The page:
The United States Postal Service announced today that it will cease its Saturday mail delivery services beginning in August 2013. The measure is being implemented as a way to save up to $2 billion annually within a government service that lost $16 billion last year alone. While the postal service cites retiree health care as a primary reason for their financial troubles, they also equally cite technology.
With traditional postal service customers increasingly turning to online communication forms for everything from personal correspondance to thank you notes and even birthday cards, many question whether or not the service needs to make last-mile stops at virtually every residence and business within the nation six out of every seven days.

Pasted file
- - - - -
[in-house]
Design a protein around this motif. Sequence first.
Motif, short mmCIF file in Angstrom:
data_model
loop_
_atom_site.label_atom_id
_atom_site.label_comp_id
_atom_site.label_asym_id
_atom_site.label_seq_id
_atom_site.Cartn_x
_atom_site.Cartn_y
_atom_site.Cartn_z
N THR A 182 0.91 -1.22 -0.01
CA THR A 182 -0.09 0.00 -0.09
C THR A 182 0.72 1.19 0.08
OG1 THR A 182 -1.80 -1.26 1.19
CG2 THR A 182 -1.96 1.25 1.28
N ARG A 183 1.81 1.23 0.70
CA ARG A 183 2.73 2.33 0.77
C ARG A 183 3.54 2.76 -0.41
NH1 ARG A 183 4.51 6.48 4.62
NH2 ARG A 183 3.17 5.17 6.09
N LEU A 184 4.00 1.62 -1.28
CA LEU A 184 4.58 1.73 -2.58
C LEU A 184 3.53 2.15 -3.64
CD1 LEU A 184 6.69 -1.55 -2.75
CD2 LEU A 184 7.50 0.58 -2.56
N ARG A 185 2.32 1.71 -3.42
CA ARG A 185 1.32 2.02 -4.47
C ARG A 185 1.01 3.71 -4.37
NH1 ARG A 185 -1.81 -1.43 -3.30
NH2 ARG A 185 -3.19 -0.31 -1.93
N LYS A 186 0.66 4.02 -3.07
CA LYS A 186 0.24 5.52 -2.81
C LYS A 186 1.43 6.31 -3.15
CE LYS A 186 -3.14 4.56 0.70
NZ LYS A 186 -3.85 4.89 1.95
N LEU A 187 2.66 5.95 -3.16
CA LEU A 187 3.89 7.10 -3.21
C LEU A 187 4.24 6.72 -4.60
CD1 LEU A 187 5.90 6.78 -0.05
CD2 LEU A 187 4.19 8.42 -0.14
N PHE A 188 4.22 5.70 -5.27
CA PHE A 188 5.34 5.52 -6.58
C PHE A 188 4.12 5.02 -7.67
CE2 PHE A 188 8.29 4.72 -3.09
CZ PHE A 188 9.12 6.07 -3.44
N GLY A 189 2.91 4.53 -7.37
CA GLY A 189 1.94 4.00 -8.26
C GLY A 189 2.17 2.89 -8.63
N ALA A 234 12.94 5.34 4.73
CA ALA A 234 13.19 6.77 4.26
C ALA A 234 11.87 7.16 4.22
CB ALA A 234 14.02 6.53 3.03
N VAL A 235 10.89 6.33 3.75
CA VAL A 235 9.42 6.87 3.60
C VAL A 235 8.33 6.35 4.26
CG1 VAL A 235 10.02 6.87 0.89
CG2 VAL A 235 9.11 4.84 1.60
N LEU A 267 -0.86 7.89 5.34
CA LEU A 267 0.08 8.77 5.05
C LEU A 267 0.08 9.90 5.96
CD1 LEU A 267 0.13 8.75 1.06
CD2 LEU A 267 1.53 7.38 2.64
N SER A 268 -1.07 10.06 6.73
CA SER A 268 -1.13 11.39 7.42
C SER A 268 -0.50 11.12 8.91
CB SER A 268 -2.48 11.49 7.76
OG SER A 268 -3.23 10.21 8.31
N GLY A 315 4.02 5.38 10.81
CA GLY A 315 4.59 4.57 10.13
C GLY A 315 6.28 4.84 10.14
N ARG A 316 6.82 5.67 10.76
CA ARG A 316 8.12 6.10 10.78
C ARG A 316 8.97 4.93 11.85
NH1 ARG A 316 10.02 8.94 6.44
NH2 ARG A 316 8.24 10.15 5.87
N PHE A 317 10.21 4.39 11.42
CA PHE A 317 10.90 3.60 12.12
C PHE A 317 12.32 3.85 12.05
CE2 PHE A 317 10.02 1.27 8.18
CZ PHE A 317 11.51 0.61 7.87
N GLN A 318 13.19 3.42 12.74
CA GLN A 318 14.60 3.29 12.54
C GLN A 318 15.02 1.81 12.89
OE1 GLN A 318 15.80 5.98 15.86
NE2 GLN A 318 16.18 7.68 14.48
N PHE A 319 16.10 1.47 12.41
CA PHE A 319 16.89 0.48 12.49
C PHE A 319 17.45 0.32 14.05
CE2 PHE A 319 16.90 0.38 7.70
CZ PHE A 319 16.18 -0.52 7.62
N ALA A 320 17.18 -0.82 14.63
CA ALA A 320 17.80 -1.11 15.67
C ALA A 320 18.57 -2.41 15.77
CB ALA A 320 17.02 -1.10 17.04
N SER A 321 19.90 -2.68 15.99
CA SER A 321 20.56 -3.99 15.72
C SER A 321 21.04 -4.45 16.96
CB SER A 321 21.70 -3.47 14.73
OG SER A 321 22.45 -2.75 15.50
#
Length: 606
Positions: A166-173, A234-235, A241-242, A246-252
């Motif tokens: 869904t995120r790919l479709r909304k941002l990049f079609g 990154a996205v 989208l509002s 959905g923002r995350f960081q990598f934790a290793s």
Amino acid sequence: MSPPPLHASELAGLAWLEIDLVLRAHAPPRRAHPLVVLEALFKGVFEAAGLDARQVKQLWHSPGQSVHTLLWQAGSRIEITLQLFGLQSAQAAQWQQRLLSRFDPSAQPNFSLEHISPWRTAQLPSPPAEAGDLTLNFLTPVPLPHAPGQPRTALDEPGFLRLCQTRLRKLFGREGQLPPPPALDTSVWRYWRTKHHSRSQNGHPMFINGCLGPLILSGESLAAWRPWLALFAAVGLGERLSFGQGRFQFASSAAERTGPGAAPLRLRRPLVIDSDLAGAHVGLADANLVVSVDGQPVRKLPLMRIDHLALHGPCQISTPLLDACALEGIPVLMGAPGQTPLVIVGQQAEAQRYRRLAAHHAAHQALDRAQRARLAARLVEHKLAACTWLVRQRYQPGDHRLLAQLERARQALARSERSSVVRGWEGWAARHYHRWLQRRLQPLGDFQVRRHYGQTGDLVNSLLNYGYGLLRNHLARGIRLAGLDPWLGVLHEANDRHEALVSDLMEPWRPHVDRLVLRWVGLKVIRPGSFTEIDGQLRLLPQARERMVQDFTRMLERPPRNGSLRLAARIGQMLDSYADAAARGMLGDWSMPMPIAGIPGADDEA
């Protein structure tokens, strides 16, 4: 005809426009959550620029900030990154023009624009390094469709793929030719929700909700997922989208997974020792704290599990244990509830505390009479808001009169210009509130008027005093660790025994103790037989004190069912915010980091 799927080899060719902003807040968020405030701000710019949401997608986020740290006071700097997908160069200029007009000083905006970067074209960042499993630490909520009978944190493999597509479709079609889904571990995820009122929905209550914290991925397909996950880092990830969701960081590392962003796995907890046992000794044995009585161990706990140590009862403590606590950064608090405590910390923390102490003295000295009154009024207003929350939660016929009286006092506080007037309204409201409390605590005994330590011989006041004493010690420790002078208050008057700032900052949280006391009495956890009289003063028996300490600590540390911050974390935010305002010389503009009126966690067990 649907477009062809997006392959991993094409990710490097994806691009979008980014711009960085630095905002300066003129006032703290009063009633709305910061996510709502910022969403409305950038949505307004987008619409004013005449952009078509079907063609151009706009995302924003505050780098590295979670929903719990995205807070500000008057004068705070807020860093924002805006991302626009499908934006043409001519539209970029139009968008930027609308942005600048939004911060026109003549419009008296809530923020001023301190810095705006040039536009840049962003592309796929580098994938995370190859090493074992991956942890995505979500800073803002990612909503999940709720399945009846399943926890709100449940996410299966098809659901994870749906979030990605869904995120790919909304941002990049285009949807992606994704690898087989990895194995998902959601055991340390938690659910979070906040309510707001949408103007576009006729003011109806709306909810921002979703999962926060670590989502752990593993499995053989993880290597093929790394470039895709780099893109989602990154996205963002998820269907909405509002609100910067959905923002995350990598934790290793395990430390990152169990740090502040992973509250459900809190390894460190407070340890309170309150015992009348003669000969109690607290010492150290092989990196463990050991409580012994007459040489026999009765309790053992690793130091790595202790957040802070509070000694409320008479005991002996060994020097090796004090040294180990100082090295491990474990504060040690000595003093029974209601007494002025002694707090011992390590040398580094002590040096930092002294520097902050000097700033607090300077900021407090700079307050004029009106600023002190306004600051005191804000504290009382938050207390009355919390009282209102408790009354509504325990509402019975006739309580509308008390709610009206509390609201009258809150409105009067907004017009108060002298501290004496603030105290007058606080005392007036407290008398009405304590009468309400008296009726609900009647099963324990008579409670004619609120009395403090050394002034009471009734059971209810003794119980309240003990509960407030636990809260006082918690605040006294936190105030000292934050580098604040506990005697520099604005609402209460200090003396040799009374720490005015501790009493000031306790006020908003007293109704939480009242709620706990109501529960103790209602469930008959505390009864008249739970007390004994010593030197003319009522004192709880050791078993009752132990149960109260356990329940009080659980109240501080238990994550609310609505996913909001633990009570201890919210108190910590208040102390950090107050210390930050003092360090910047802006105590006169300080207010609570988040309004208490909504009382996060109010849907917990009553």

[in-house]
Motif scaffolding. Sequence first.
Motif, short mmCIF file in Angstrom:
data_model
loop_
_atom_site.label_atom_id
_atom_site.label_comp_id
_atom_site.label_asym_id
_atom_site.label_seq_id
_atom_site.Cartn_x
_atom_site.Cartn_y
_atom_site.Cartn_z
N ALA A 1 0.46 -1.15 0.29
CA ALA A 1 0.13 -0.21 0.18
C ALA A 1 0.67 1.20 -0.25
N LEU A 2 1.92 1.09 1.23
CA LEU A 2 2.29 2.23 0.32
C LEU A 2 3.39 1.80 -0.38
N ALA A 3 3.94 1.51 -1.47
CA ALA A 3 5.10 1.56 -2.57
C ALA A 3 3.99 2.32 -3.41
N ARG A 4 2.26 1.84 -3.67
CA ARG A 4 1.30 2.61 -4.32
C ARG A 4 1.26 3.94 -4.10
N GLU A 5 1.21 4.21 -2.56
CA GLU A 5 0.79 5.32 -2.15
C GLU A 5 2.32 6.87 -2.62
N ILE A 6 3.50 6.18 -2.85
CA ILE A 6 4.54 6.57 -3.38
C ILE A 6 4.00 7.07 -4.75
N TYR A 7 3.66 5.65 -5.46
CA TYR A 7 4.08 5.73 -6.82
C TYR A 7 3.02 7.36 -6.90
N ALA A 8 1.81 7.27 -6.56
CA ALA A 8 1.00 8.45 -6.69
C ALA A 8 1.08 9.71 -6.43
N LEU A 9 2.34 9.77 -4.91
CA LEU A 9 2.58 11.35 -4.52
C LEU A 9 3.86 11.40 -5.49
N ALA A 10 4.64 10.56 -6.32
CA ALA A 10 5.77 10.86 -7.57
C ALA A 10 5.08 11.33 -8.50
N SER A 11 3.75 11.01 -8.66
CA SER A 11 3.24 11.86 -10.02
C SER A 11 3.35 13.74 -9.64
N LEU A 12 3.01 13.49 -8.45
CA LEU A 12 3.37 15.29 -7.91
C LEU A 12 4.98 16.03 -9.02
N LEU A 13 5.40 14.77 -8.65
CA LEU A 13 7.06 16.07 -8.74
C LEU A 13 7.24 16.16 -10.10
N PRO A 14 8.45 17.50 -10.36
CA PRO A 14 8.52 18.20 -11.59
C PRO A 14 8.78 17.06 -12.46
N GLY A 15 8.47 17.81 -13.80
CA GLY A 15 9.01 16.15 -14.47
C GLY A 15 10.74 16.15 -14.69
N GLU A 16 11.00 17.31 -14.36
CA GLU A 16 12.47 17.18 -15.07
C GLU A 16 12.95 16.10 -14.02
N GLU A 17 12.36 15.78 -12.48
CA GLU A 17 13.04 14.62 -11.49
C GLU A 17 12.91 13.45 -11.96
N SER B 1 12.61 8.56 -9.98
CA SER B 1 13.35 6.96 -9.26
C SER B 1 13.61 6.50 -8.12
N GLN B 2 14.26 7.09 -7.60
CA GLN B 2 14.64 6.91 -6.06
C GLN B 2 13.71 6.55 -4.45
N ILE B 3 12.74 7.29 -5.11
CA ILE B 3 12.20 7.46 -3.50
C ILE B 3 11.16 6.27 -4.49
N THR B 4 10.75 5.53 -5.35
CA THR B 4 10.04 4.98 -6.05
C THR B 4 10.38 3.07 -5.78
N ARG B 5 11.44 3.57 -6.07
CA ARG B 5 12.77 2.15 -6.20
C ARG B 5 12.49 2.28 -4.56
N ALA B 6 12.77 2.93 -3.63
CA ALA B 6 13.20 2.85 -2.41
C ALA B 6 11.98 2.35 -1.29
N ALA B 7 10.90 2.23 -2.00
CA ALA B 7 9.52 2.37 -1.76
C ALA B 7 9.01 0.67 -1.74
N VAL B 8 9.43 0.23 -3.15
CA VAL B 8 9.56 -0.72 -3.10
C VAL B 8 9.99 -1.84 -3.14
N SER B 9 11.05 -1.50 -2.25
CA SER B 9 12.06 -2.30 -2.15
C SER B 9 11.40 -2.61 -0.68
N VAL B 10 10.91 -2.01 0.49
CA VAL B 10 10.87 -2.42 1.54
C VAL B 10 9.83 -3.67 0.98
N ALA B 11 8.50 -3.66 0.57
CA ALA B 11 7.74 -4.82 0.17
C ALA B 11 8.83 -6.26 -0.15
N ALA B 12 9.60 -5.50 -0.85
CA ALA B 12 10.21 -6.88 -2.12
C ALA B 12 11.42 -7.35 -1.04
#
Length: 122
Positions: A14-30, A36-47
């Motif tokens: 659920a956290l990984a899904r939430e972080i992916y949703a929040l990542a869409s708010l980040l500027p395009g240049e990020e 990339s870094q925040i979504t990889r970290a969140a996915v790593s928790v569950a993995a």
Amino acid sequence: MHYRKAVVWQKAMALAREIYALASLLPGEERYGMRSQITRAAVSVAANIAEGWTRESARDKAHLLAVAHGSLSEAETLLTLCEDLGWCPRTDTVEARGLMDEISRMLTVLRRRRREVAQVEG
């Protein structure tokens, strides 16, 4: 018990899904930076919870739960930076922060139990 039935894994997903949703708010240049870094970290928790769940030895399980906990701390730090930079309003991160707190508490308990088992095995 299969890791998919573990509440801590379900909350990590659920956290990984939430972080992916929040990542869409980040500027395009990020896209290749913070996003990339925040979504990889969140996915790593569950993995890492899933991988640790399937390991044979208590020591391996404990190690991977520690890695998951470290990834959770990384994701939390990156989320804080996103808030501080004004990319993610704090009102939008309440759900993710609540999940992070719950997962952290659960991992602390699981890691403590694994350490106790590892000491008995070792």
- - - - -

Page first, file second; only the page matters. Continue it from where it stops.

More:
Legislators are taking note of the impact that technology has had on mail and parcel service within the United States. Rep. Elijah E Cummings of Maryland stated, “The Postal Service’s declining mail volume poses a significant challenge” but falls short of supporting the plan from the USPS, and instead supports issuing legislation that would alter operating parameters rather than autonomous policy making by those who run the postal service.
Unless congress forces the postal service to not reduce their delivery days in March when the current restriction on doing so expires, the postal service will be able to legally reduce the number of delivery days on their own without legislation.